Can Mold Grow On Spray Foam Insulation?

Jessica Stone
by Jessica Stone

You likely understand by now all of the dangers that are associated with mold growth in the home. They can present health hazards that cause issues as minor as enhanced allergy symptoms or as serious as major lung damage. Aside from the health risks for home occupants, elimination and remediation of mold can be costly and very overwhelming.

Moisture accumulation is the key factor that leads to mold and mildew growth. Your best defense against moisture is prevention and this means creating an airtight seal in your attic, basement and other areas of the home.

Sealing off a space will rob mold spores of their comfortable environment to live, grow and multiply. Spray foam insulation is the best product on the market for completely closing up a space to prevent moisture. However, you may be wondering, “can mold grow on spray foam insulation?” Mold cannot grow on spray foam insulation because it is water resistant and unlike metal or wood, it doesn’t rust, rot or deteriorate.

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Signs of Mold in Your Home

The first step in mold prevention in the home is knowing all of the possible signs that it exists. Sometimes detection is as easy as noticing must odors, green or black spots on the walls or as complex effects on your own body.

If your home has a consistent stale, musty odor, this is a good indication that mold is hiding somewhere. However, the most common signs of mold are the ones that occur in your body. If you have mold growing in your home, it’ll be hard to avoid inhaling it. The symptoms associated with mold inhalation will often appear like allergy symptoms such as sneezing or coughing.

In some cases, you may experience lightheadedness or confusion when you’re breathing in mold. Never ignore any changes that your body may be trying to tell you. Schedule a visit to your doctor and they will be able to diagnose the signs of mold inhalation. Additionally, a mold expert can come out to your home, identify and locate the source of the problem.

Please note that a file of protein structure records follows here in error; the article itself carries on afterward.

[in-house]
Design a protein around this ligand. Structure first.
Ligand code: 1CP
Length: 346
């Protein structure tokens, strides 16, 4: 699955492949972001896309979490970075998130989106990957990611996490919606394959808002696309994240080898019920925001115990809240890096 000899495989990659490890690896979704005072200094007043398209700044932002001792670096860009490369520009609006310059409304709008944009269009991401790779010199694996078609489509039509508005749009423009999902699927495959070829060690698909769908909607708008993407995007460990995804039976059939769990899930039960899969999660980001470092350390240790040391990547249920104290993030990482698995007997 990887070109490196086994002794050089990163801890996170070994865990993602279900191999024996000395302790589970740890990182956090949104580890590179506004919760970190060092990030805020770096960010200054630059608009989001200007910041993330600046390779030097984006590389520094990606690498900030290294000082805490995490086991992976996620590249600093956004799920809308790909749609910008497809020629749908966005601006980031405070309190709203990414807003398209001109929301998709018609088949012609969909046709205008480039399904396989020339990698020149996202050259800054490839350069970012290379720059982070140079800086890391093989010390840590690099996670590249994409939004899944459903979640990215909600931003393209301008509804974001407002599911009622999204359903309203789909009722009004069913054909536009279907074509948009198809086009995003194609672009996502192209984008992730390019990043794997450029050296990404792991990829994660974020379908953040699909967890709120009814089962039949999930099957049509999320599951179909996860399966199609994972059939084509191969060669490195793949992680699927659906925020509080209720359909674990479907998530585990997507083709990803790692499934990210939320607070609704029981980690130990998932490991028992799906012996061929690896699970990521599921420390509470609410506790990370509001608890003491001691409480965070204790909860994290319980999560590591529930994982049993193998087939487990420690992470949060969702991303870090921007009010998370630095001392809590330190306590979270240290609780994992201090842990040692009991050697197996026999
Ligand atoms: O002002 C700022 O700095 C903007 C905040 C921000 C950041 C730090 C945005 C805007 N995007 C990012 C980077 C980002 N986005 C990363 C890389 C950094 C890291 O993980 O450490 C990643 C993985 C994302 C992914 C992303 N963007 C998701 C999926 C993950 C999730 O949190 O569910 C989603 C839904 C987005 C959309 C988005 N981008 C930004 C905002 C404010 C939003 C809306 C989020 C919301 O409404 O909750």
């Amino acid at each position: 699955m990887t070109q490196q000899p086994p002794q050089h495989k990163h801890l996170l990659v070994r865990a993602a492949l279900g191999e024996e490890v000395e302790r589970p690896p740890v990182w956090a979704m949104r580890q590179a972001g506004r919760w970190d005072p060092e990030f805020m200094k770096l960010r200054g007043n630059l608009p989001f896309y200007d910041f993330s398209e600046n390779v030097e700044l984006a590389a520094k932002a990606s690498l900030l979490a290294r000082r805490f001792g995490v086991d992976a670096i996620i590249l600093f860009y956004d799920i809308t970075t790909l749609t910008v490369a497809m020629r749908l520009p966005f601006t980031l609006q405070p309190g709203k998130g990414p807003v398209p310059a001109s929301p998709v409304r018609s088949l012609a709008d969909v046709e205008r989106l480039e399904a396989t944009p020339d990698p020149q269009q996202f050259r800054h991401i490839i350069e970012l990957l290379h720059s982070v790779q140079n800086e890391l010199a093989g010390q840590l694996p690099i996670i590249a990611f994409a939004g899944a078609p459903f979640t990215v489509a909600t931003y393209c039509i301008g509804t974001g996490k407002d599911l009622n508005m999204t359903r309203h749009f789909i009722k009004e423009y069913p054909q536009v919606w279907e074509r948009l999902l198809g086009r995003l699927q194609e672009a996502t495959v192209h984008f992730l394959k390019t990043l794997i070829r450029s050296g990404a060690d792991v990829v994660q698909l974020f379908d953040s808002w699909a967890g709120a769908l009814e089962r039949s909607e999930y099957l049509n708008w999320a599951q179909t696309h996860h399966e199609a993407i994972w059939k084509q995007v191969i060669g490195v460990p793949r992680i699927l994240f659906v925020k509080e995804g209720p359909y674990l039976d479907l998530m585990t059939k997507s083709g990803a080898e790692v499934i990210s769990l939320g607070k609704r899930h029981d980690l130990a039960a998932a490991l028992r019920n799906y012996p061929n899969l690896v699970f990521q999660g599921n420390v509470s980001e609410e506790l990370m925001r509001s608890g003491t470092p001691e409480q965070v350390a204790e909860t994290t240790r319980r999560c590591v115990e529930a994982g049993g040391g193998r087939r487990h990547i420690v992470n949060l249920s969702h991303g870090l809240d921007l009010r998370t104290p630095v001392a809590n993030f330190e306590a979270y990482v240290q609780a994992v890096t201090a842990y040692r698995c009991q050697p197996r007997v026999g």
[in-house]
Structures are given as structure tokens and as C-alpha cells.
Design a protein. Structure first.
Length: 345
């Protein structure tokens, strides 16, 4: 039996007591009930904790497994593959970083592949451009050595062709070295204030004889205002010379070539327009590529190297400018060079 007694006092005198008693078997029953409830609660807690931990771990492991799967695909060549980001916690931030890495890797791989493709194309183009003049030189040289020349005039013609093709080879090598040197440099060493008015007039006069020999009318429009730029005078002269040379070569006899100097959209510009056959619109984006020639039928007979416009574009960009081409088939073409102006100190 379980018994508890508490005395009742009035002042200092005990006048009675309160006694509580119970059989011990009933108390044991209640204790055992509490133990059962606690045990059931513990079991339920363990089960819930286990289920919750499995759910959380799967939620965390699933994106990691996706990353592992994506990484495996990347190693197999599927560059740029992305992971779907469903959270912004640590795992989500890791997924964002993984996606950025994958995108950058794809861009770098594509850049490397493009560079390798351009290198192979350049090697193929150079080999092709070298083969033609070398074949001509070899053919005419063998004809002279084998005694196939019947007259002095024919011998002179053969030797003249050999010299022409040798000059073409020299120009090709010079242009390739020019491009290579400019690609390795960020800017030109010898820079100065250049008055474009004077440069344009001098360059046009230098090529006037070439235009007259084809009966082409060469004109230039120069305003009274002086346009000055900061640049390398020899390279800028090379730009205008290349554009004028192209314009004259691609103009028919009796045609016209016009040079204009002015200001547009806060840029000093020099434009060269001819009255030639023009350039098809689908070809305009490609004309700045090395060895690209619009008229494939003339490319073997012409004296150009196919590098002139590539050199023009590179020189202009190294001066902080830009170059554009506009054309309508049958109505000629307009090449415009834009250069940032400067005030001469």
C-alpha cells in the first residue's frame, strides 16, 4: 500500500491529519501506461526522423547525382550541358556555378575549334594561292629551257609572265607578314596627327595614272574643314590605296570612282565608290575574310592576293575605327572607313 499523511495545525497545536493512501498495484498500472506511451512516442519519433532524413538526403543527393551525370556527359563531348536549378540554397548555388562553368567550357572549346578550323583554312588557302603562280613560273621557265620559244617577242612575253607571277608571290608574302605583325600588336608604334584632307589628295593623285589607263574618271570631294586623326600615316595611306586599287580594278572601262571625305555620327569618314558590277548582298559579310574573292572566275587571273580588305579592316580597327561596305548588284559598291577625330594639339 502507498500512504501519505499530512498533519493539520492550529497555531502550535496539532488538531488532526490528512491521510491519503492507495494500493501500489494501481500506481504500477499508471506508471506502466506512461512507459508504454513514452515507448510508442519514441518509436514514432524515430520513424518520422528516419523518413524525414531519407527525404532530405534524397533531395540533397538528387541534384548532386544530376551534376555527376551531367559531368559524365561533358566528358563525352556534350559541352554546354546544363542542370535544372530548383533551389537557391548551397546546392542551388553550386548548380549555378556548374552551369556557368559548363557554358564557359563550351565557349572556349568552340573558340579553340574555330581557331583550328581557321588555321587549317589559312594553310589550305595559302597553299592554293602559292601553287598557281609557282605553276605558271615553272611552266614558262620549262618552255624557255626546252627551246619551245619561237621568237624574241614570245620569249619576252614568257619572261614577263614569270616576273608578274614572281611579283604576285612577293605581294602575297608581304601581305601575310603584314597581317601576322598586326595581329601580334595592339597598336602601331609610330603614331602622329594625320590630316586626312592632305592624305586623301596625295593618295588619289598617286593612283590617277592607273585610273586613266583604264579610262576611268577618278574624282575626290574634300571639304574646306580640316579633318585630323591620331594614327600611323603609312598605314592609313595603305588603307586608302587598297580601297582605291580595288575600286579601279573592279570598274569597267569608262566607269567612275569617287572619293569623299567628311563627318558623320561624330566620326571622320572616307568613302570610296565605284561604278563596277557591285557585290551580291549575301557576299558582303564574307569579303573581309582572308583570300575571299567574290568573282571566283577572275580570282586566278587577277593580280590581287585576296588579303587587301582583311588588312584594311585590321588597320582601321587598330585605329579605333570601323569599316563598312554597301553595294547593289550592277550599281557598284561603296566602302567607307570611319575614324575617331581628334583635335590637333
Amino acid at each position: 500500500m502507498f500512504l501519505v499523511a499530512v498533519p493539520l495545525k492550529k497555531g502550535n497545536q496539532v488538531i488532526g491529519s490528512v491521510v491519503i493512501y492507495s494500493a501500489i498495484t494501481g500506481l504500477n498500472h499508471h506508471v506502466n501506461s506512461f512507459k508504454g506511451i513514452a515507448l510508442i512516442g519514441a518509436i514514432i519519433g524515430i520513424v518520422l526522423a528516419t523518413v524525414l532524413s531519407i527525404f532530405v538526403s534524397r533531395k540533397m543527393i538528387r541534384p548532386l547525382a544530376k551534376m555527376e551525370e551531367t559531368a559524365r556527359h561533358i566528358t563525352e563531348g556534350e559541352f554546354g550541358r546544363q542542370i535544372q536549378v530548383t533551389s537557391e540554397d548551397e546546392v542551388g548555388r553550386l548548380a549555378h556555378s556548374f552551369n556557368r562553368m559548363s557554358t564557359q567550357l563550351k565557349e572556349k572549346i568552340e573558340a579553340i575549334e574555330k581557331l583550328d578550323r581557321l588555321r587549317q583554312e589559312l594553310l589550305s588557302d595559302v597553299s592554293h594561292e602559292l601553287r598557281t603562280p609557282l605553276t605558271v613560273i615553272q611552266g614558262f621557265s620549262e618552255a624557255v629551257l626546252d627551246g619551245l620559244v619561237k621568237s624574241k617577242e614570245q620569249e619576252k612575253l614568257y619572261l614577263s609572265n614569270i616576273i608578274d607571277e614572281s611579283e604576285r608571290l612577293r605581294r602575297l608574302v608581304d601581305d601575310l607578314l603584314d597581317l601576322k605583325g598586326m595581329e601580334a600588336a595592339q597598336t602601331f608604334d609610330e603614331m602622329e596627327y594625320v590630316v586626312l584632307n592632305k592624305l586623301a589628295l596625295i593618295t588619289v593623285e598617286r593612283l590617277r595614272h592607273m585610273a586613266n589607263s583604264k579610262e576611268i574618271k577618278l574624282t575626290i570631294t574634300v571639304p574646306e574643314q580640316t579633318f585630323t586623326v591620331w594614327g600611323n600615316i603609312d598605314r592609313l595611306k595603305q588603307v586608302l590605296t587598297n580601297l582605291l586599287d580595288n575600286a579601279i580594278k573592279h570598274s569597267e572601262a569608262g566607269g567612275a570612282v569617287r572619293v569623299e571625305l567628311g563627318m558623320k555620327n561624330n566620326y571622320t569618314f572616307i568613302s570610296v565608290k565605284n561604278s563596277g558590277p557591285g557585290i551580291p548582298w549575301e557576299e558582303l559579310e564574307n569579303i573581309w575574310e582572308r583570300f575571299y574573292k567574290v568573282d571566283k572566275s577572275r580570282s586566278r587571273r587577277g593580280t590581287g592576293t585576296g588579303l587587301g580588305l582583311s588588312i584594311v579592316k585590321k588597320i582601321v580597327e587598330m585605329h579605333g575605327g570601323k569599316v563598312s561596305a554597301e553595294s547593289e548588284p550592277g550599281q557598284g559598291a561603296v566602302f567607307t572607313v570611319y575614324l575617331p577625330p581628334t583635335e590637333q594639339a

What Causes Mold in the Home?

Most often, the reason for mold suddenly appearing in the home has to do with water damage. This could be related to a burst pipe or flooding in an area of the house. Regardless, moisture is a major concern and should be taken seriously. While it’s very easy to repaint a discolored ceiling, it may have deeper structural damage that could lead to more serious issues down the road.

For mold to grow, it needs moisture, a warm climate and some type of biodegradable material to feed off of. If you haven’t experienced a burst pipe or flooding recently, the issue may lie in your attic. More specifically, your attic may have been improperly or insufficiently insulated.

An attic that is properly insulated will successfully keep moisture out and cool air in. However, any gaps that exist in the insulation will allow for humid air to enter and result in the ideal breeding ground for mold to form.